# XML Navigation and Tarski’s Relation Algebras

## Abstract

Navigation is at the core of most XML processing tasks. The W3C endorsed navigation language XPath is part of XPointer (for creating links between elements in (different) XML documents), XSLT (for transforming XML documents) and XQuery (for, indeed, querying XML documents). Navigation in an XML document tree is the task of moving from a given node to another node by following a path specified by a certain formula. Hence formulas in navigation languages denote paths, or stated otherwise binary relations between nodes. Binary relations can be expressed in XPath or with first or second order formulas in two free variables. The problem with all of these formalisms is that they are not compositional in the sense that each subexpression also specifies a binary relation. This makes a mathematical study of these languages complicated because one has to deal with objects of different sorts. Fortunately there exists an algebraic formalism which is created solely to study binary relations. This formalism goes back to logic pioneers as de Morgan, Peirce and Schröder and has been formalized by Tarski as *relation algebras* [7]. (Cf., [5] for a monograph on this topic, and [8] for a database oriented introduction). A relation algebra is a boolean algebra with three additional operations. In its natural representation each element in the domain of the algebra denotes a binary relation. The three extra operations are a constant denoting the identity relation, a unary conversion operation, and a binary operation denoting the composition of two relations. The elements in the algebra denote *first order definable* relations. Later Tarski and Ng added the Kleene star as an additional operator, denoting the transitive reflexive closure of a relation [6].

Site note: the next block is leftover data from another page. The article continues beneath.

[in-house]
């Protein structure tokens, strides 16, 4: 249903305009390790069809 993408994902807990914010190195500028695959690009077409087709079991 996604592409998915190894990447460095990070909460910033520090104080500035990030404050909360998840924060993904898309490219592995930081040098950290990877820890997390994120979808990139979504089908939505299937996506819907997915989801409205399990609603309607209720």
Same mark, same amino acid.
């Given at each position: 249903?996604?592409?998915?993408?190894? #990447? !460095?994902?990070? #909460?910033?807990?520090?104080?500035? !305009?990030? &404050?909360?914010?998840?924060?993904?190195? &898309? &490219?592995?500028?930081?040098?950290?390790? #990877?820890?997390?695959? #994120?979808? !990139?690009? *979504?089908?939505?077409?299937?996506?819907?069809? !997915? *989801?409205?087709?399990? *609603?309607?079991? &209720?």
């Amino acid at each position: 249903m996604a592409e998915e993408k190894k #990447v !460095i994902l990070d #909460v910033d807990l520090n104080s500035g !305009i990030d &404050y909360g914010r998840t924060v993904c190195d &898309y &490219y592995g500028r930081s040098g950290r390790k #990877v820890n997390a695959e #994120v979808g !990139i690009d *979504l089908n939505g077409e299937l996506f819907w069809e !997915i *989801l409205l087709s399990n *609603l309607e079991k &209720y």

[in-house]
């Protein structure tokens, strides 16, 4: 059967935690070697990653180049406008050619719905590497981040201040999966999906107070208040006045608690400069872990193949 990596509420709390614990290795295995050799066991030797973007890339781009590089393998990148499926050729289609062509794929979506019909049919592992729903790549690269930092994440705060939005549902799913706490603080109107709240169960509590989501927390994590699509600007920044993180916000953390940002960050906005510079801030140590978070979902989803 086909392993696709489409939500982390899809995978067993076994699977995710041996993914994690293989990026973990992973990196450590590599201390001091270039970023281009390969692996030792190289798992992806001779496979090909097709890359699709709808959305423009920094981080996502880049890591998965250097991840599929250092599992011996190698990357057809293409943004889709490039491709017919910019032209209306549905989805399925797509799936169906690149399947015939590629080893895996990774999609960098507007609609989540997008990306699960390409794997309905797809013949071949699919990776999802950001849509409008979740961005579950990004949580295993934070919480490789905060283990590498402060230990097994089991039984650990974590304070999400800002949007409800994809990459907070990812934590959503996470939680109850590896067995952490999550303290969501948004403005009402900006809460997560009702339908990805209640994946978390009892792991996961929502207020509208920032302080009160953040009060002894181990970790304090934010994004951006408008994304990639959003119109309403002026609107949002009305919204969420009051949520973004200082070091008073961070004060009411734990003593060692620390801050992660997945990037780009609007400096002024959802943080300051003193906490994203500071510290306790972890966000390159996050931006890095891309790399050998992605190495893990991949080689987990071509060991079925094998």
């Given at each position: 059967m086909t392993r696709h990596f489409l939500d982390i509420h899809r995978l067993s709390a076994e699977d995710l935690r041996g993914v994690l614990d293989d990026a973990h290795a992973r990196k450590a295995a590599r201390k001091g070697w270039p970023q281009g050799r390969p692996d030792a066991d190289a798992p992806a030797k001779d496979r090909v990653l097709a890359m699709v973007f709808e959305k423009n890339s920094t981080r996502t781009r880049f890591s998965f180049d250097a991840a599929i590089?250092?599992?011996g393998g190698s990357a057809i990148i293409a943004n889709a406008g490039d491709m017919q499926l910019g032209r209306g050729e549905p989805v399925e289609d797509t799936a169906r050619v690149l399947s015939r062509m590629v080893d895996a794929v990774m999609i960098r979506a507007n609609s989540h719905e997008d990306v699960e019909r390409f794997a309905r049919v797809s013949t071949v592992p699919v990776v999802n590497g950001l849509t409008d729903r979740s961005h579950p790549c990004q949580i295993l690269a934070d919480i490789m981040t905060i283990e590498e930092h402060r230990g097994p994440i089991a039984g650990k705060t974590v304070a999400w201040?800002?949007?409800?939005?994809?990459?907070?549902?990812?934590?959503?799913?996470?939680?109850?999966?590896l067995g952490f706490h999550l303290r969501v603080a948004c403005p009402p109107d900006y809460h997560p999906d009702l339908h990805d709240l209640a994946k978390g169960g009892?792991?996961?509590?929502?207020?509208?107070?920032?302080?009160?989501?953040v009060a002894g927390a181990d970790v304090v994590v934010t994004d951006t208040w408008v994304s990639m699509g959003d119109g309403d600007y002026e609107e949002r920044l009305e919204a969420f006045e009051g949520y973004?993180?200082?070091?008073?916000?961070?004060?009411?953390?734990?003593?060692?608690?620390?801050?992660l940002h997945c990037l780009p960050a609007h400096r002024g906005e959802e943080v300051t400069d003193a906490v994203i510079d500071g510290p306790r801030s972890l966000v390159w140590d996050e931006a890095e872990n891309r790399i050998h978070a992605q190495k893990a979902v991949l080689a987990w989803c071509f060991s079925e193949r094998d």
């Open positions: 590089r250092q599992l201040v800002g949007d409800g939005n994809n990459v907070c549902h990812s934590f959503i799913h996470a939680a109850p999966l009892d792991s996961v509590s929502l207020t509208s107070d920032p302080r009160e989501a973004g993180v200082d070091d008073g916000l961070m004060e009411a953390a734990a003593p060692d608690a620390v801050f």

We will show that the formalism of relation algebras is very well suited for defining navigation paths in XML documents. One of its attractive features is that it does not contain variables, a feature shared by XPath 1.0 and the regular path expressions of [1]. The connection between relation algebras and XPath was first made in [4].

The aim of this talk is to show that relation algebras (possibly expanded with the Kleene star) can serve as a unifying framework in which many of the proposed navigation languages can be embedded. Examples of these embeddings are

- 1
Every Core XPath definable path is definable using composition, union and the counterdomain operator ~ with semantics ~

*R*= {(*x*,*x*)|not ∃*y*:*xRy*}. - 2
Every first order definable path is definable by a relation algebraic expression.

- 3
Every first order definable path is definable by a positive relation algebraic expression which may use the Kleene star.

- 4
The paths definable by tree walk automata and certain tree walk automata with pebbles can be characterized by natural fragments of relation algebras with the Kleene star.

## Keywords

Binary Relation Boolean Algebra Transitive Closure Order Logic Relation Algebra## References

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